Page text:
In the final installment of our “paint your car at home” series, we finally come to laying on the color. Body and paint prep is a long process when done correctly, and cutting corners will show in the final results. While by no means a fully inclusive series, hopefully you’ll have an idea of what goes into such a job, and feel encouraged to tackle painting your next project yourself.

Summit Racing’s two-stage urethane basecoat/clearcoat system certainly makes things simpler, takes a lot of the mystery out of the process, and is formulated to meet National Rule VOC emissions standards. However, some areas, such as California, have more stringent regulations, for which low-VOC paint is available. Summit’s sales reps can help you with this. As with the primer stages, personal safety is paramount, though for topcoats, in addition to a good quality respirator, a spray suit is recommended (which features a hood), and though I didn’t use them, latex gloves too. The chemicals in paint can be absorbed through skin, so covering up isn’t just to prevent dust coming off your clothes while painting! For more details on the Summit paint system and related products, check out the company website, which is far more inclusive than the catalog. The paint guns, for example, don’t appear in print, but are listed online.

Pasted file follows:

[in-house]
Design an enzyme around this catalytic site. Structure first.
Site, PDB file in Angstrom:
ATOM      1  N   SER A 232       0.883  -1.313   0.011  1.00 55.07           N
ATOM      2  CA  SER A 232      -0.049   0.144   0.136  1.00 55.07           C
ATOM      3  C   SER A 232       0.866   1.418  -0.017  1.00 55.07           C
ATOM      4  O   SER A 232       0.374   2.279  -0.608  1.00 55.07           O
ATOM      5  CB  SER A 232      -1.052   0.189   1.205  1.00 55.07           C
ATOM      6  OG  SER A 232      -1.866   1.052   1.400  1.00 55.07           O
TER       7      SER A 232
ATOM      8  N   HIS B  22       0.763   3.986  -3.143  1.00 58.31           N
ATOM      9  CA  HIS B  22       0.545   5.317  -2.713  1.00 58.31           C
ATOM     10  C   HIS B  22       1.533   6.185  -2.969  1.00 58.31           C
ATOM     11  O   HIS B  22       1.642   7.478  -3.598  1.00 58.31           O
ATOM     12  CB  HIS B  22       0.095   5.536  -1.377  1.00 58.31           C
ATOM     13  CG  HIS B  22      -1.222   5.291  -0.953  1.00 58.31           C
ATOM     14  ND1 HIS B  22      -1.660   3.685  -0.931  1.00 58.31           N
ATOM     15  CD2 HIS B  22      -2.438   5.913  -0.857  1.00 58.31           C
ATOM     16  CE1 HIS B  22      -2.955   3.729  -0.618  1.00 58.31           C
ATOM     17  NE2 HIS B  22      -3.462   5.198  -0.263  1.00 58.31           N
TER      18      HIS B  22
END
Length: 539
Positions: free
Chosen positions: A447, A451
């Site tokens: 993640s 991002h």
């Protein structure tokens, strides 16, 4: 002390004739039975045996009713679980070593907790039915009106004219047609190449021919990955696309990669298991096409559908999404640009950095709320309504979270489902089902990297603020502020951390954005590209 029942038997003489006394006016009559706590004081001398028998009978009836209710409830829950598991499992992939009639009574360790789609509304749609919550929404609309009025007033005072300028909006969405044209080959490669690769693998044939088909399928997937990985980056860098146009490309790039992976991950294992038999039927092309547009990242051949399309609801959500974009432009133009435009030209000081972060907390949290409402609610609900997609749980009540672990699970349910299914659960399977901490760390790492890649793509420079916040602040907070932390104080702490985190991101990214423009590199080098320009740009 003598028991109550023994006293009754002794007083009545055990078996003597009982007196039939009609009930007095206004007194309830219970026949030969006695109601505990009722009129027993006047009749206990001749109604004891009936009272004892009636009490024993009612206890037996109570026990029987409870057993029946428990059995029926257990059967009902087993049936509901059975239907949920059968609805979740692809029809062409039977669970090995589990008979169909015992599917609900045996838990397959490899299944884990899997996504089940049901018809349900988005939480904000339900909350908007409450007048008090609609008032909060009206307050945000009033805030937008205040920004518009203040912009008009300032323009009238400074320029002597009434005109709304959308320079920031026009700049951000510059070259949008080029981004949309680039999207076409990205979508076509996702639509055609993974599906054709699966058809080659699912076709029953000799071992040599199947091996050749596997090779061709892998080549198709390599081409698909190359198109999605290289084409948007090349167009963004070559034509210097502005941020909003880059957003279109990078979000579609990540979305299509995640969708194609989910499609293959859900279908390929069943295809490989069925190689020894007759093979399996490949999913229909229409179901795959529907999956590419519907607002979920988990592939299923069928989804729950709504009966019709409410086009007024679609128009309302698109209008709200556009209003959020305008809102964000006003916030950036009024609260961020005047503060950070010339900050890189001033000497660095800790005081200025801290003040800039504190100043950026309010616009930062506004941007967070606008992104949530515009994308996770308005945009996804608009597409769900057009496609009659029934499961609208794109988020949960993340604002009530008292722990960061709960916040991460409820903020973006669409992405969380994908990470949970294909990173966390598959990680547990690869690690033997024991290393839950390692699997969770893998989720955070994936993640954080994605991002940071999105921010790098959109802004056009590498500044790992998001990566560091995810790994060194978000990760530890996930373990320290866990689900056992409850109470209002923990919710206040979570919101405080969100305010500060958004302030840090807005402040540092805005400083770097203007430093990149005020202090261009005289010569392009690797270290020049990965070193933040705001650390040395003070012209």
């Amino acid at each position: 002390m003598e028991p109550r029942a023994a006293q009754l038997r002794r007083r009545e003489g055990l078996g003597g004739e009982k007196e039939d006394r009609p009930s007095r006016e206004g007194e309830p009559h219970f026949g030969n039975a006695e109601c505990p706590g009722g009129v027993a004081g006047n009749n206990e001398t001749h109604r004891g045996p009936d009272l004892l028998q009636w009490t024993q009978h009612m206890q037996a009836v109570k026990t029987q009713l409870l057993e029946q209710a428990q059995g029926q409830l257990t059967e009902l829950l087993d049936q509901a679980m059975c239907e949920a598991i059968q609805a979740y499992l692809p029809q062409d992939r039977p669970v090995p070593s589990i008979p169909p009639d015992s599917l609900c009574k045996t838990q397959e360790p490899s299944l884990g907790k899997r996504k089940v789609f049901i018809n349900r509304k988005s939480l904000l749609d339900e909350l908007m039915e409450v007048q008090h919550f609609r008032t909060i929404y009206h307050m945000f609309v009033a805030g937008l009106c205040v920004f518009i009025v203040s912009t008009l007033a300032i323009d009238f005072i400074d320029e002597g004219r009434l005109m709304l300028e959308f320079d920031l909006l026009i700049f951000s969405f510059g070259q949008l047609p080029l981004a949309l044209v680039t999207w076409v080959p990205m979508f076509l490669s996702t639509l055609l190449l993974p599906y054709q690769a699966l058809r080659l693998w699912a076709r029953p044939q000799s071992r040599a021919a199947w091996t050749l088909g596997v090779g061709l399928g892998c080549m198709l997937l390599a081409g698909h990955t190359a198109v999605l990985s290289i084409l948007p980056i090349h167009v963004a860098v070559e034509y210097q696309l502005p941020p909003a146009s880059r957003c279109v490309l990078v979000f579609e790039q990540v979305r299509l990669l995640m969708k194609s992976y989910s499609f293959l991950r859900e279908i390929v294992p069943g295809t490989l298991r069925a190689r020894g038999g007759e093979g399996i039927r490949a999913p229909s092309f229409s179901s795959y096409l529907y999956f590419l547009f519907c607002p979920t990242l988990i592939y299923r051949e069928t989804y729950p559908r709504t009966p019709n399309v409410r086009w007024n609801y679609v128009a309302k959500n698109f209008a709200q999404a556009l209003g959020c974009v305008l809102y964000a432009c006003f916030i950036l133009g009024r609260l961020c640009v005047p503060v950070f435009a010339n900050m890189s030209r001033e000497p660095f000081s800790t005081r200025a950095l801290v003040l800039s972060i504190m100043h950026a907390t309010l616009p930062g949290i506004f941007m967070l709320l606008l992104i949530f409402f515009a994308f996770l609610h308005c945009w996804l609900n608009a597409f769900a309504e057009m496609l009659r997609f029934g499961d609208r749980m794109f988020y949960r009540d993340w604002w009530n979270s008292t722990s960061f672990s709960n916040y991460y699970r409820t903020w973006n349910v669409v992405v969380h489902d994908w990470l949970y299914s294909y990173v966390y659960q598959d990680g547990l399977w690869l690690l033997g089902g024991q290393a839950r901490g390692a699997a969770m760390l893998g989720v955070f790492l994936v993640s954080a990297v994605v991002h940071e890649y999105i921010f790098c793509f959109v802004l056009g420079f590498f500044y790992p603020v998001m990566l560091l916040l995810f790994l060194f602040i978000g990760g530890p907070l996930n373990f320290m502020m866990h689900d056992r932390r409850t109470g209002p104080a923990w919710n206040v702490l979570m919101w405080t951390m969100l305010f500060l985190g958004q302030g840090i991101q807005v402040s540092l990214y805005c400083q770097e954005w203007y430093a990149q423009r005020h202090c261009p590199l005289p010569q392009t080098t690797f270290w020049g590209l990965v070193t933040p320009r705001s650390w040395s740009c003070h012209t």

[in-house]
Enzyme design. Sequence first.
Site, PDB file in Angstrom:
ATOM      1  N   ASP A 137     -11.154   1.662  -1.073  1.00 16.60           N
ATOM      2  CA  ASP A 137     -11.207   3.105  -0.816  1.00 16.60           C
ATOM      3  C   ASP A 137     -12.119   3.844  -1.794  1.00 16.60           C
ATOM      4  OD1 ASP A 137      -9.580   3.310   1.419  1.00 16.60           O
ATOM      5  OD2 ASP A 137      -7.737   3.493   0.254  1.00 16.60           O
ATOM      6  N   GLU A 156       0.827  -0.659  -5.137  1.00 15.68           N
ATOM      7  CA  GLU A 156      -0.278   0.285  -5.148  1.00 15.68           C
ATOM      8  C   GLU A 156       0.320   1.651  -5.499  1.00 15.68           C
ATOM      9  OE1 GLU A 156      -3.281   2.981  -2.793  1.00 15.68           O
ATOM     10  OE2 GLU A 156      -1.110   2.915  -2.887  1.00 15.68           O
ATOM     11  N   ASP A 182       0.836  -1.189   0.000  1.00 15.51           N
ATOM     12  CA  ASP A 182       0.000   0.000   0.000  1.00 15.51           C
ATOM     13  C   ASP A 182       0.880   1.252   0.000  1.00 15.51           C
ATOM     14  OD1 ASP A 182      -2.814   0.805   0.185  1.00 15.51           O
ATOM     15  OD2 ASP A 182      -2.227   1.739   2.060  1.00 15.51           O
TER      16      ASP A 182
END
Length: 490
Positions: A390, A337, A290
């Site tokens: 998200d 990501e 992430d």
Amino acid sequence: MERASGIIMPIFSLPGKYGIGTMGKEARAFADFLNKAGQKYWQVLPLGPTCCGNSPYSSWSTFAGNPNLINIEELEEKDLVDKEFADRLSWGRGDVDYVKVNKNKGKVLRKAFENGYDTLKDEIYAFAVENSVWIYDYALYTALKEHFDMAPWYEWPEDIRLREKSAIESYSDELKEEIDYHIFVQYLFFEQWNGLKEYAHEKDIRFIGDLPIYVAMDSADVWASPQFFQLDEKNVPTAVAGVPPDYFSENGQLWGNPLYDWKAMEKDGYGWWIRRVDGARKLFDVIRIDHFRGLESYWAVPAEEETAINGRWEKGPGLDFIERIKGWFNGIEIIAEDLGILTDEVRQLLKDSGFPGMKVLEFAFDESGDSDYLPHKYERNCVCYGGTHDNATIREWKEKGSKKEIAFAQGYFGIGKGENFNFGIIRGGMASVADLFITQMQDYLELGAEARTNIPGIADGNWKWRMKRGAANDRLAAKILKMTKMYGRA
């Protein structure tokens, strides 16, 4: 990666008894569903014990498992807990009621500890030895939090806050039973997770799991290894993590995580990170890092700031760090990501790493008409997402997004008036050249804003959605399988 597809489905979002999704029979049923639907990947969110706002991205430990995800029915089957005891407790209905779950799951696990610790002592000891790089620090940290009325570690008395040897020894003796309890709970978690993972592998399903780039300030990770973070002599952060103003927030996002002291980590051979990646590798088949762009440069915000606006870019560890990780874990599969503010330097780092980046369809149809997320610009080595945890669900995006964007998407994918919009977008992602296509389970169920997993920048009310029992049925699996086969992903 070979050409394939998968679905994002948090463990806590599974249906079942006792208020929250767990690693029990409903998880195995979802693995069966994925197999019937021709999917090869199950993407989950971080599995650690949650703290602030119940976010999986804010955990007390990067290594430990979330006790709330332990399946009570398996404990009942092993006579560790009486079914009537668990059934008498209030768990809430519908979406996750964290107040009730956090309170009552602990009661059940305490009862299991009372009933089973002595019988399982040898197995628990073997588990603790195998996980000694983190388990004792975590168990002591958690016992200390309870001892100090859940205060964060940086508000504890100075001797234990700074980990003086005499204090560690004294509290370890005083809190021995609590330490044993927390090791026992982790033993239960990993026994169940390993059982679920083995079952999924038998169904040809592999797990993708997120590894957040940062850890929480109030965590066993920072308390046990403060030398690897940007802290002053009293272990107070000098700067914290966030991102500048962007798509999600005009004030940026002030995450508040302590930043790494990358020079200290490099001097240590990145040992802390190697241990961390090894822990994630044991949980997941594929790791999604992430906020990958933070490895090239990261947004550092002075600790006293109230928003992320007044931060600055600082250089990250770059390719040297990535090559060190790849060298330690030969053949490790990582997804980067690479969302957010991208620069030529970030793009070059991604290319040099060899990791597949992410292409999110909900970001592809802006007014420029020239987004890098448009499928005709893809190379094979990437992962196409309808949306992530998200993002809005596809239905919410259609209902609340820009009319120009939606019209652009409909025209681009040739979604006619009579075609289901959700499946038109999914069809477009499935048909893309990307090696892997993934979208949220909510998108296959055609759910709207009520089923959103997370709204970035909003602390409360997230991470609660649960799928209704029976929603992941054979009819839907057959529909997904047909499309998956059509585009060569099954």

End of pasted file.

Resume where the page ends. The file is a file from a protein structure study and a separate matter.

Before we get into the nitty-gritty of painting, let’s mention a couple of other things. If you’re painting at home—or anywhere other than a dedicated paintbooth to be honest—preventing dust and debris from falling or being blown up onto wet paint is going to be tricky, but much of it can be eliminated by lining the garage with polythene sheets, Dexter-style, and wetting down the floor prior to painting. Don’t soak it, just wet the floor and brush it around and under the vehicle uniformly. It’ll stop the overspray sticking to the floor too! While painting, ensure you hold the air hose with your free hand, preventing the first 6 or 8 feet of hose from dragging on the wet floor, and to stop it hitting the lower portions of the bodywork as you work around the vehicle.

Then there’s the subject of removing airborne overspray from the garage. Paint booths have very powerful fans to do this; I used a couple of $10 plastic box fans, one in the open doorway (there was absolutely no wind throughout this job or I’d have shut the door), and one in a window. I also have a small one built into the roof of the garage too. If you have close neighbors I’d recommend rigging up a water mist system directly in front of the fan, so the overspray is caught by the water and carried downward into a receptacle, not over the fence and onto a neighbor’s car or house windows. Just because it’s possible to paint at home doesn’t mean it’s not anti-social!

SOURCE
Summit Racing
Akron
OH
800-230-3030
330-630-0240
www.summitracing.com/
HarborFreight
3491 Mission Oaks Blvd
Camarillo
CA  93011
800-444-3353
www.harborfreight.com